Posted on Wednesday, December 20th, 2017 by /Film Staff
Every week in /Answers, we attempt to answer a new pop culture-related question. In this week’s edition, we’re ushering in the season by sharing the movies we always watch during the holidays, whether they’re a holiday movie or not. Read More »
(Welcome to Now Stream This, a column dedicated to the best movies streaming on Netflix, Amazon, Hulu, and every other streaming service out there.)
I don’t want to alarm you, but I have some shocking news: it’s currently the holiday season. Yes, I can’t believe it either, but here we are. The utterly bonkers year that was 2017 is almost gone, but before it goes we’ll have to muddle through the holiday season somehow. The holidays can be a stressful time for some people: there’s the hassle of finding the perfect gift for loved ones, mixed with lousy weather, congested traffic and the existential dread of the looming new year. My advice? Relieve some of that stress with movies. After all, movies are the reason for the season (please don’t correct me on this, I’m sure this is correct).
In the spirit of giving, I’ve compiled a list of Christmas movies for you to stream as we run out the clock on 2017. These aren’t your traditional Christmas movies, though. The films compiled here are primarily what I’d like to call alternative Christmas movies. In other words, a lot of these are Christmas movies for people who don’t like Christmas movies. But don’t worry, I made sure to throw in one or two traditional tales of holiday cheer just in case.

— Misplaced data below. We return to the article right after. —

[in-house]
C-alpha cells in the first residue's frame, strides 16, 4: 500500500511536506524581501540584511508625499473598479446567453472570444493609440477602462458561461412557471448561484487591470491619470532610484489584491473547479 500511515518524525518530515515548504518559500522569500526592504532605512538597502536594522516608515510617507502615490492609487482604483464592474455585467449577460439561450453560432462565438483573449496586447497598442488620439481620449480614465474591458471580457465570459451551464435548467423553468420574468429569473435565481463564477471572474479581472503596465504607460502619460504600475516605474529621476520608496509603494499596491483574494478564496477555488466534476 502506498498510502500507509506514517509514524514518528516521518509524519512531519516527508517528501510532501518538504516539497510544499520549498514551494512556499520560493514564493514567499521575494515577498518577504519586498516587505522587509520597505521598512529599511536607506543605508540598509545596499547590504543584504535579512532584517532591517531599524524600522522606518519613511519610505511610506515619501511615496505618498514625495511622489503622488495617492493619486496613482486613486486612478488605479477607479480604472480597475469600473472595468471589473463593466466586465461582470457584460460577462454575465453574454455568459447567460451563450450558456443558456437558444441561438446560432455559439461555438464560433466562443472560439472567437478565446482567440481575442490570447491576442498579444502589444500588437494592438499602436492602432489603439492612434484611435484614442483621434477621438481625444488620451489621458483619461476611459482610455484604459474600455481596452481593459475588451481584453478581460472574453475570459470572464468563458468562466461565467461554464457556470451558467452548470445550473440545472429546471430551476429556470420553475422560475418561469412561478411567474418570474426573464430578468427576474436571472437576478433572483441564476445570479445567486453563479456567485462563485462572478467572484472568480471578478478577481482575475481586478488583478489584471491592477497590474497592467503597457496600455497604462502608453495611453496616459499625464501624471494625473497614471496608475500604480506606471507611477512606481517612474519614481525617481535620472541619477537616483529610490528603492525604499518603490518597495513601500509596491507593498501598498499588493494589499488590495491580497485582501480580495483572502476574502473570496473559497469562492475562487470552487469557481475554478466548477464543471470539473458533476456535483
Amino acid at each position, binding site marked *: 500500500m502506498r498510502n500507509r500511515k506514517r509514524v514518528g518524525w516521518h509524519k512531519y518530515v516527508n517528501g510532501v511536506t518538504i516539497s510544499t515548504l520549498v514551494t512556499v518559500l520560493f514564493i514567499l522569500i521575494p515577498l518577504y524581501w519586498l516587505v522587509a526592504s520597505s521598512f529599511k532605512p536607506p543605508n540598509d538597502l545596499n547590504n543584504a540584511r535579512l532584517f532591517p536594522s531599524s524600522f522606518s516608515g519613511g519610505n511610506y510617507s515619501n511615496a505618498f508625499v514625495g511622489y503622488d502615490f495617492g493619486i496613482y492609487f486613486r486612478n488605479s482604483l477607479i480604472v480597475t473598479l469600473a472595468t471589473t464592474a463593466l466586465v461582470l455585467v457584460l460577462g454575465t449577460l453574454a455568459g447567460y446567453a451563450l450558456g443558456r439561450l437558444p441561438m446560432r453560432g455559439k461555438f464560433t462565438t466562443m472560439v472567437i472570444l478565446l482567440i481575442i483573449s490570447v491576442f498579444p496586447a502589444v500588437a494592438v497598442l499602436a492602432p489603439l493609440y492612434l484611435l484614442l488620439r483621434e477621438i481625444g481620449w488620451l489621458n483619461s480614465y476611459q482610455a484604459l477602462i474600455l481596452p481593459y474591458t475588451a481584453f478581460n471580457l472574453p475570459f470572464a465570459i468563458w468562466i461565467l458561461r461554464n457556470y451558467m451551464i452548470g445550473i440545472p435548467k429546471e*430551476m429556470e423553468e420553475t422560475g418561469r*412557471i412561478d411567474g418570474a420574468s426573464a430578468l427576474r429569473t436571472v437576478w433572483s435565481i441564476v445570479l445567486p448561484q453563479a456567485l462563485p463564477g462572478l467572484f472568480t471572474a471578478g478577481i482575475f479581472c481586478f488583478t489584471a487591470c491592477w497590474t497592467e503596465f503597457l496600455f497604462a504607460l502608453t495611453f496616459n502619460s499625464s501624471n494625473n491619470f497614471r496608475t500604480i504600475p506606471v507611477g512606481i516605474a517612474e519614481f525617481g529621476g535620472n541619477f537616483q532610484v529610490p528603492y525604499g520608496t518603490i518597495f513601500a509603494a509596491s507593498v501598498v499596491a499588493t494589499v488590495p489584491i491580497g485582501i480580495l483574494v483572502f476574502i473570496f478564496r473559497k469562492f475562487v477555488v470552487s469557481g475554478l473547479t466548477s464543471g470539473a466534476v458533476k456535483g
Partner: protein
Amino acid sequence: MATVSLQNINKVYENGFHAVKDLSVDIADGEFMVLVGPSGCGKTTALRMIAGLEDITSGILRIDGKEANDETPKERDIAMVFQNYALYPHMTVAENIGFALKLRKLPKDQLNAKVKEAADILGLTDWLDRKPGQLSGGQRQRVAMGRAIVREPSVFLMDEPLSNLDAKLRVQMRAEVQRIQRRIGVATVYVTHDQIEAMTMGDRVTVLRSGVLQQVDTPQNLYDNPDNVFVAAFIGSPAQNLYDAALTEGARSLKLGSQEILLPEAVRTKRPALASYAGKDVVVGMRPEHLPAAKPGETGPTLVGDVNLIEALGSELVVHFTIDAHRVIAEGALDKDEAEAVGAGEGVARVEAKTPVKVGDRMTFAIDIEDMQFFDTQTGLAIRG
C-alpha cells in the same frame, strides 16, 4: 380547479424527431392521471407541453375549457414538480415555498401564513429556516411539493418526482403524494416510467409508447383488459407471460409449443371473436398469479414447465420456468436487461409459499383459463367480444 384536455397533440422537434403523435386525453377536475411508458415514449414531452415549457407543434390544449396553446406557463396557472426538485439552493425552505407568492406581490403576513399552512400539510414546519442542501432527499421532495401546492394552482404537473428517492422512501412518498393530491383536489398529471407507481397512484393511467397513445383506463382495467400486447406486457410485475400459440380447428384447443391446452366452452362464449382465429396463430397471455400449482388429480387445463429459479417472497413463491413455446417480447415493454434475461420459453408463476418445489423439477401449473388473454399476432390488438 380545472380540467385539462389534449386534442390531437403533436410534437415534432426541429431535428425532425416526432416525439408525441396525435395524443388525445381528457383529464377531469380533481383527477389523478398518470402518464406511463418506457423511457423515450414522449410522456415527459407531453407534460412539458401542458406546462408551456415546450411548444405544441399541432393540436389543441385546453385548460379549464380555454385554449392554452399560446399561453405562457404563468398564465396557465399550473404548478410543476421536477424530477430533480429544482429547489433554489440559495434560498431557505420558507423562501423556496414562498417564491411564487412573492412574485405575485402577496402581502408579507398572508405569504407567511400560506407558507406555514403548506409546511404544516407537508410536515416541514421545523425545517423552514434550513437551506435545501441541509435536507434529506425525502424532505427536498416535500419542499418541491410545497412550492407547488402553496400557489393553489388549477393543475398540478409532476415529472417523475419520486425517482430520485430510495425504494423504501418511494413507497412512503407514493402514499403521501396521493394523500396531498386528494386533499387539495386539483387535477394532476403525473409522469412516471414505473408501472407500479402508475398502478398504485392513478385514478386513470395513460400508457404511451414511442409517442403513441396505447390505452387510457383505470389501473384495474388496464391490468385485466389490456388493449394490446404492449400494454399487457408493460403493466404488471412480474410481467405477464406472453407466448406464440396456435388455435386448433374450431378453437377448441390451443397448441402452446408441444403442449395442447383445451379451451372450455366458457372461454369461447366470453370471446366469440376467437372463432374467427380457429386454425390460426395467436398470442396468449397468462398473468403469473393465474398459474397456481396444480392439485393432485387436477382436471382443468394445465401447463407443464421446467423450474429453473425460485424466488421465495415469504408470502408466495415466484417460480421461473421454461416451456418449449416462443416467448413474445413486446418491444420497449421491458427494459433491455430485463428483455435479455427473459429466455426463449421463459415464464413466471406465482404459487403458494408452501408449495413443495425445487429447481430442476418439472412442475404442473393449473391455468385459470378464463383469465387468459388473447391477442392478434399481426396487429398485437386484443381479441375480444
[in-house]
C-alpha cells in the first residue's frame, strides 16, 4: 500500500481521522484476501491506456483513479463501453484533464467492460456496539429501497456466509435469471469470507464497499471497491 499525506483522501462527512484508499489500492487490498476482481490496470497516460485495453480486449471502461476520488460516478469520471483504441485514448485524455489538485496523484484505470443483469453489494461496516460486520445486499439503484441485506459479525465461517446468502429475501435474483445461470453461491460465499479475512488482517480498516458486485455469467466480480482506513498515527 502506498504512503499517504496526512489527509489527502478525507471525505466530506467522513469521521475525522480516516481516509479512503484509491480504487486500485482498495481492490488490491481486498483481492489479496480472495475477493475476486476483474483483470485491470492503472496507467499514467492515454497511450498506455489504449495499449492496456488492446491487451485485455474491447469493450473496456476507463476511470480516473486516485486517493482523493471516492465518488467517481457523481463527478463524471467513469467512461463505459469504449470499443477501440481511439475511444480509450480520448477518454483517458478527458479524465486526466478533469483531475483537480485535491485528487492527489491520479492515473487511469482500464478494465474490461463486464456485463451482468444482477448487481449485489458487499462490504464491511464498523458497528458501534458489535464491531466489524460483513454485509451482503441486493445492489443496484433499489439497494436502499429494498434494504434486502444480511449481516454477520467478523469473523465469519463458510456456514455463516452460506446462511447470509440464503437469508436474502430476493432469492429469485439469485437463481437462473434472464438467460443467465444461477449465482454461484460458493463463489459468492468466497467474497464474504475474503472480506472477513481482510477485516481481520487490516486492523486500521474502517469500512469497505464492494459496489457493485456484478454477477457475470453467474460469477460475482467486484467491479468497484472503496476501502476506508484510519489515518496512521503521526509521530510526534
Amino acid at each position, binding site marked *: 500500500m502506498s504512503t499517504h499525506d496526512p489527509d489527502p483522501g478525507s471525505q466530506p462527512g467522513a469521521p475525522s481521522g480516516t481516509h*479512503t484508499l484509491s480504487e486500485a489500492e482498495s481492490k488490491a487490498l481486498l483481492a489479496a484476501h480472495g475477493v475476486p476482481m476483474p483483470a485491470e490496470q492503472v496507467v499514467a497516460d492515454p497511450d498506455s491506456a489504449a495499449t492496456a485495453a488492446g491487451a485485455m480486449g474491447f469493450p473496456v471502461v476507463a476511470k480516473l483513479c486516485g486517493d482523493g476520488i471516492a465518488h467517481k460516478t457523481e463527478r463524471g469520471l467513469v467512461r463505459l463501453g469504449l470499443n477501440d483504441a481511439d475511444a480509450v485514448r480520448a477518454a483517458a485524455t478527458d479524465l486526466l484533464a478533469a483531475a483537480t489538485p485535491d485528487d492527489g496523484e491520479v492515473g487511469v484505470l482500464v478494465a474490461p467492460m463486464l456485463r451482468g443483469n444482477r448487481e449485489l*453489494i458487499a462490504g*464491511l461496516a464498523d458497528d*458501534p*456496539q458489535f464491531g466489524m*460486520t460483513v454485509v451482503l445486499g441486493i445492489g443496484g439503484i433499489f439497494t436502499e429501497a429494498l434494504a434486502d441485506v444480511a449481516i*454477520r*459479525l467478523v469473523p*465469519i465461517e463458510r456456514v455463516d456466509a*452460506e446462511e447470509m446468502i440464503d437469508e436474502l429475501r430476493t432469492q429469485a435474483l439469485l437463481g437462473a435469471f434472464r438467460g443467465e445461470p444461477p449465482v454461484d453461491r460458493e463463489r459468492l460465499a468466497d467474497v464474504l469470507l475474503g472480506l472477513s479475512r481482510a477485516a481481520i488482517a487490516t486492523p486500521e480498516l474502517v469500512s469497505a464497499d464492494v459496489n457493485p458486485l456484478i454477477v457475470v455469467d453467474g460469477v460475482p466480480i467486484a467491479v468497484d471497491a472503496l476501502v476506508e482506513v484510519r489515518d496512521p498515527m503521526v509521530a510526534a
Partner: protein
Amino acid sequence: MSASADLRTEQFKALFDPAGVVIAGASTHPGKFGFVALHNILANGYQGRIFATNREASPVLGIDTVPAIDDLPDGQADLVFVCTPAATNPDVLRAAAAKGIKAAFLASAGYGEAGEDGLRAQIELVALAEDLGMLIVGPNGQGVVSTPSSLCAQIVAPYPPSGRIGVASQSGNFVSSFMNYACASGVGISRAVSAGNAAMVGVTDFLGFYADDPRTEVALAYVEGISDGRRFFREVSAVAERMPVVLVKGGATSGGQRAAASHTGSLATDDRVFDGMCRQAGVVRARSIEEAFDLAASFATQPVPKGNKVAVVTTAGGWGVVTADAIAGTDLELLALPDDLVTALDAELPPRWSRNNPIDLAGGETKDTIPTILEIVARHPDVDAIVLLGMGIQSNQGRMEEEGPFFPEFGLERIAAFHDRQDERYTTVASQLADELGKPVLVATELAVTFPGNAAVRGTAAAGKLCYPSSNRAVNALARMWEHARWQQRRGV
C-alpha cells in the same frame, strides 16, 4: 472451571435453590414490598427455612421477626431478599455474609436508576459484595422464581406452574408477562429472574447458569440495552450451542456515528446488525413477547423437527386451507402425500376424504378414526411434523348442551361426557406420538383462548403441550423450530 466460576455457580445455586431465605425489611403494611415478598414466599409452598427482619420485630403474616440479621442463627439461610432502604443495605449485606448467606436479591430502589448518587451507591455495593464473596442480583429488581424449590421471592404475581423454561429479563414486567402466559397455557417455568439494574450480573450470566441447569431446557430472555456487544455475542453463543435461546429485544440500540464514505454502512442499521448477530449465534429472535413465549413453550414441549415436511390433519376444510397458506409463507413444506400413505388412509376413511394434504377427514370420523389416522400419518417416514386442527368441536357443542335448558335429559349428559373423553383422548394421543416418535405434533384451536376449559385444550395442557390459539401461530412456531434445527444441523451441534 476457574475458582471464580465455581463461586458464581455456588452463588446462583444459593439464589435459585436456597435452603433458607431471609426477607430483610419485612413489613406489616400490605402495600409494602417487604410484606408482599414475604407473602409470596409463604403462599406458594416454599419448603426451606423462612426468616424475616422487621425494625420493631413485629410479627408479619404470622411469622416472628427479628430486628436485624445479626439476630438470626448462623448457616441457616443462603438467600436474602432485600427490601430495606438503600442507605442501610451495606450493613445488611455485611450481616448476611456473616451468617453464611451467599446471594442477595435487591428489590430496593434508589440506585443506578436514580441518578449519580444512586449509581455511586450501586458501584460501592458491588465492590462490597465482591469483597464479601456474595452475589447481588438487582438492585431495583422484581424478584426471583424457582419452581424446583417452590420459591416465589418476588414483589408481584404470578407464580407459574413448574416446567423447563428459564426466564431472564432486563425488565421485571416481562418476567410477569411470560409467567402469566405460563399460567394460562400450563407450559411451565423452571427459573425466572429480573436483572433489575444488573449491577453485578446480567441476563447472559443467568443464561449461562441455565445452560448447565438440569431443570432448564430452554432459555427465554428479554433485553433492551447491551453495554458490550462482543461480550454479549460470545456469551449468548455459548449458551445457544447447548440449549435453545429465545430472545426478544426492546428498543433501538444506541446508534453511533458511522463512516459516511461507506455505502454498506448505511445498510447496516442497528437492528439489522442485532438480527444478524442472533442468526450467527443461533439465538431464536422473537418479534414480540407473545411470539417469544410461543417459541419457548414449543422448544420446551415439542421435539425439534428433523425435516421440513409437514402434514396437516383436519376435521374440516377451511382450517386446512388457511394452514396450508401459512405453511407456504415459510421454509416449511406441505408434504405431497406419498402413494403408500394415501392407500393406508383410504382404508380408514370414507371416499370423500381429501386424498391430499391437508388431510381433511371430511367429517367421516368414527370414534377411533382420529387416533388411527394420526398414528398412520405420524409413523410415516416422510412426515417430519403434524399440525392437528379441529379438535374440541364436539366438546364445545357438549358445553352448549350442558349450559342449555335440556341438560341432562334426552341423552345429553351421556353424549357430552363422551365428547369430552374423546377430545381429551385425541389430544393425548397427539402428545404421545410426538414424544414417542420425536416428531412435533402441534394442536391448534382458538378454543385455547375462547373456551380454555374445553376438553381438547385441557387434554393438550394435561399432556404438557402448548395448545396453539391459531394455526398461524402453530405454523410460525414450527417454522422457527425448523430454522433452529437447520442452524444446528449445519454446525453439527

Here are the best Christmas movies streaming right now! Let’s get streaming.
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Cool Posts From Around the Web:
Stanley Kubrick, one of the most acclaimed filmmakers in the history of the medium, left this world in 1999, but right before his death he completed work on his final film, Eyes Wide Shut. The psychological journey into a night of Christmastime orgies and sexual frustration divided critics and audiences alike upon release, but in subsequent years has gained a steady following of fans who appreciate how brilliant the film is. Now, an Eyes Wide Shut documentary will attempt to dissect Kubrick’s challenging final film.
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There isn’t a thing that hasn’t been written about the films of Stanley Kubrick. His films have been celebrated and reviled; some originally reviled have been reassessed as masterpieces; reams of copy have been written on even his least-appreciated movies. And yet they pull us in time and again. His films feature richly developed concepts that we can appreciate differently as our own lives progress and change.
Kubrick is the most visible representation of a sort of filmmaking that has largely vanished. He was likely the last director to enjoy total creative freedom with the backing of a major movie studio; his deal with Warner Bros. let him do what he wanted, on his own time. His 1999 passing happens to coincide with the transition into a fully digital filmmaking era and into a time when studio films are ever-more focused on sequels and familiar concepts.
The idea of ranking Kubrick films is somewhat absurd; there’s really only one that can be at #1. But there’s a lot of room for discussion about what his other twelve features offer. Warner Bros. recently issued a new box set (Stanley Kubrick: The Masterpiece Collection) with a gorgeous outer shell (above), a fine array of behind the scenes material, and disc packaging that is an improvement over the last blu-ray set from the studio. That box of eight films had us going back through all of Kubrick’s movies, and we’ve laid them out in order below. Read More »